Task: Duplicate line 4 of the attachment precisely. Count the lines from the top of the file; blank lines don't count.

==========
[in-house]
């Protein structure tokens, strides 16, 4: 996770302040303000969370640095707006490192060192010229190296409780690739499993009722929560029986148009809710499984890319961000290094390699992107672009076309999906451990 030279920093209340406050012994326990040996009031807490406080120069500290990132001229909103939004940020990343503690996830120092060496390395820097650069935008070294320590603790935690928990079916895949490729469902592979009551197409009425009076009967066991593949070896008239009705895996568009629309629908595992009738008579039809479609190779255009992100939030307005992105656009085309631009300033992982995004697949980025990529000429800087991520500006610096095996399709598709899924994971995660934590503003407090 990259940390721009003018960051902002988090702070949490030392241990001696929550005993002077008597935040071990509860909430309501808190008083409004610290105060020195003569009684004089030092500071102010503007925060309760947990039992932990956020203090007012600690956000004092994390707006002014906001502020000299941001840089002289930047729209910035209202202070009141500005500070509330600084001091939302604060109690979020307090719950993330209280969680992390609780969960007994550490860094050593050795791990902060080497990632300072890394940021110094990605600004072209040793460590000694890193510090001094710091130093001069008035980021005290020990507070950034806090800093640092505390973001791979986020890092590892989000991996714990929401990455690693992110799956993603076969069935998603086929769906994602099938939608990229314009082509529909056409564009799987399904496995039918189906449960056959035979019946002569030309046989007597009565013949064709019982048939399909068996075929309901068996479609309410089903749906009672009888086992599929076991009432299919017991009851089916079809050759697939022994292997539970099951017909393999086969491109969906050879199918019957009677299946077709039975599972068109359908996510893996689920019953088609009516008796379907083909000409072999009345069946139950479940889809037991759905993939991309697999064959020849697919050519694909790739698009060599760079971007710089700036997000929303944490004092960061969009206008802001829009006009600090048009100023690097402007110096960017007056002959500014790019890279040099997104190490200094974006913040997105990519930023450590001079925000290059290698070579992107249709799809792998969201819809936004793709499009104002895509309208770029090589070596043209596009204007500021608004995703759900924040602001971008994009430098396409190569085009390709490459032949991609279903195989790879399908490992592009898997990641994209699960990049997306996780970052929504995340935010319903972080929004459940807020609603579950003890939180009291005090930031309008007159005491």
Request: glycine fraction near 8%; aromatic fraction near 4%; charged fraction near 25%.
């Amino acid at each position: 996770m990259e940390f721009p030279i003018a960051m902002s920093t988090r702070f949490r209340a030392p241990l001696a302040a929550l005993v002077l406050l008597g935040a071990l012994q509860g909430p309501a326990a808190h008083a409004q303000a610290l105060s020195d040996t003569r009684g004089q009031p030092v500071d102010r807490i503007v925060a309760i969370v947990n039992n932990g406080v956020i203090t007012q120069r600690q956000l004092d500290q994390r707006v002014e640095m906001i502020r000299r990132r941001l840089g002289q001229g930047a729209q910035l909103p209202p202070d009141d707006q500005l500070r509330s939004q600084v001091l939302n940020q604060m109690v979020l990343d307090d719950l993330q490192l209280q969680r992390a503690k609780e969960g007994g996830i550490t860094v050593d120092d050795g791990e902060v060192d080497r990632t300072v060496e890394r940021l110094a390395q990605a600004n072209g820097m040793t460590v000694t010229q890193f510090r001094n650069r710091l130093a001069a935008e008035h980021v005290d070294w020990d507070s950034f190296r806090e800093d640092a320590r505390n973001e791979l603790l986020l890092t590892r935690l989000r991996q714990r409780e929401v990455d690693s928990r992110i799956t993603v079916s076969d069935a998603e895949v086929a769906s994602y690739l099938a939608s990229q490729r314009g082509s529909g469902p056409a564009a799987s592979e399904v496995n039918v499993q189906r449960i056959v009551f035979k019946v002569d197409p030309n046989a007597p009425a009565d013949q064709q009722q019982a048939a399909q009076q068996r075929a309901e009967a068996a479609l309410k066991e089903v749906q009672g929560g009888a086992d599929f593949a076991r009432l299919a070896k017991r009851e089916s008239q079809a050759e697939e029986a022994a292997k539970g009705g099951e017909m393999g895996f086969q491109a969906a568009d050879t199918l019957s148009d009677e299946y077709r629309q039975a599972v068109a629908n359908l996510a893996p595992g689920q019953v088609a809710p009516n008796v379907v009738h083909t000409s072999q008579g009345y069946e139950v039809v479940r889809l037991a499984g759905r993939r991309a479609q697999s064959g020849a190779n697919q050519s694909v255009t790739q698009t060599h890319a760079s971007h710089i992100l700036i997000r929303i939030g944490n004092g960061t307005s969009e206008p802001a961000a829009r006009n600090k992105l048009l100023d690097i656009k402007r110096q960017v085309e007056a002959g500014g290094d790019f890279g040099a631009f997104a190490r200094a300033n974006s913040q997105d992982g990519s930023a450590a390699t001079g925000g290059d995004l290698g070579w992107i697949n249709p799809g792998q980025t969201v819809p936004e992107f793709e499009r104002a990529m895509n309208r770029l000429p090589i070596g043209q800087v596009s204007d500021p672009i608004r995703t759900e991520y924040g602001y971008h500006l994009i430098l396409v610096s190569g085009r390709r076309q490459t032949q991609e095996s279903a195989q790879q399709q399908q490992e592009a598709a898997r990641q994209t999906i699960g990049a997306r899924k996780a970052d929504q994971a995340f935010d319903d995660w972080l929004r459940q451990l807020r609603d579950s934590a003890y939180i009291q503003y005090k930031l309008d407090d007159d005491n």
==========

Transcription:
């Amino acid at each position: 996770m990259e940390f721009p030279i003018a960051m902002s920093t988090r702070f949490r209340a030392p241990l001696a302040a929550l005993v002077l406050l008597g935040a071990l012994q509860g909430p309501a326990a808190h008083a409004q303000a610290l105060s020195d040996t003569r009684g004089q009031p030092v500071d102010r807490i503007v925060a309760i969370v947990n039992n932990g406080v956020i203090t007012q120069r600690q956000l004092d500290q994390r707006v002014e640095m906001i502020r000299r990132r941001l840089g002289q001229g930047a729209q910035l909103p209202p202070d009141d707006q500005l500070r509330s939004q600084v001091l939302n940020q604060m109690v979020l990343d307090d719950l993330q490192l209280q969680r992390a503690k609780e969960g007994g996830i550490t860094v050593d120092d050795g791990e902060v060192d080497r990632t300072v060496e890394r940021l110094a390395q990605a600004n072209g820097m040793t460590v000694t010229q890193f510090r001094n650069r710091l130093a001069a935008e008035h980021v005290d070294w020990d507070s950034f190296r806090e800093d640092a320590r505390n973001e791979l603790l986020l890092t590892r935690l989000r991996q714990r409780e929401v990455d690693s928990r992110i799956t993603v079916s076969d069935a998603e895949v086929a769906s994602y690739l099938a939608s990229q490729r314009g082509s529909g469902p056409a564009a799987s592979e399904v496995n039918v499993q189906r449960i056959v009551f035979k019946v002569d197409p030309n046989a007597p009425a009565d013949q064709q009722q019982a048939a399909q009076q068996r075929a309901e009967a068996a479609l309410k066991e089903v749906q009672g929560g009888a086992d599929f593949a076991r009432l299919a070896k017991r009851e089916s008239q079809a050759e697939e029986a022994a292997k539970g009705g099951e017909m393999g895996f086969q491109a969906a568009d050879t199918l019957s148009d009677e299946y077709r629309q039975a599972v068109a629908n359908l996510a893996p595992g689920q019953v088609a809710p009516n008796v379907v009738h083909t000409s072999q008579g009345y069946e139950v039809v479940r889809l037991a499984g759905r993939r991309a479609q697999s064959g020849a190779n697919q050519s694909v255009t790739q698009t060599h890319a760079s971007h710089i992100l700036i997000r929303i939030g944490n004092g960061t307005s969009e206008p802001a961000a829009r006009n600090k992105l048009l100023d690097i656009k402007r110096q960017v085309e007056a002959g500014g290094d790019f890279g040099a631009f997104a190490r200094a300033n974006s913040q997105d992982g990519s930023a450590a390699t001079g925000g290059d995004l290698g070579w992107i697949n249709p799809g792998q980025t969201v819809p936004e992107f793709e499009r104002a990529m895509n309208r770029l000429p090589i070596g043209q800087v596009s204007d500021p672009i608004r995703t759900e991520y924040g602001y971008h500006l994009i430098l396409v610096s190569g085009r390709r076309q490459t032949q991609e095996s279903a195989q790879q399709q399908q490992e592009a598709a898997r990641q994209t999906i699960g990049a997306r899924k996780a970052d929504q994971a995340f935010d319903d995660w972080l929004r459940q451990l807020r609603d579950s934590a003890y939180i009291q503003y005090k930031l309008d407090d007159d005491n």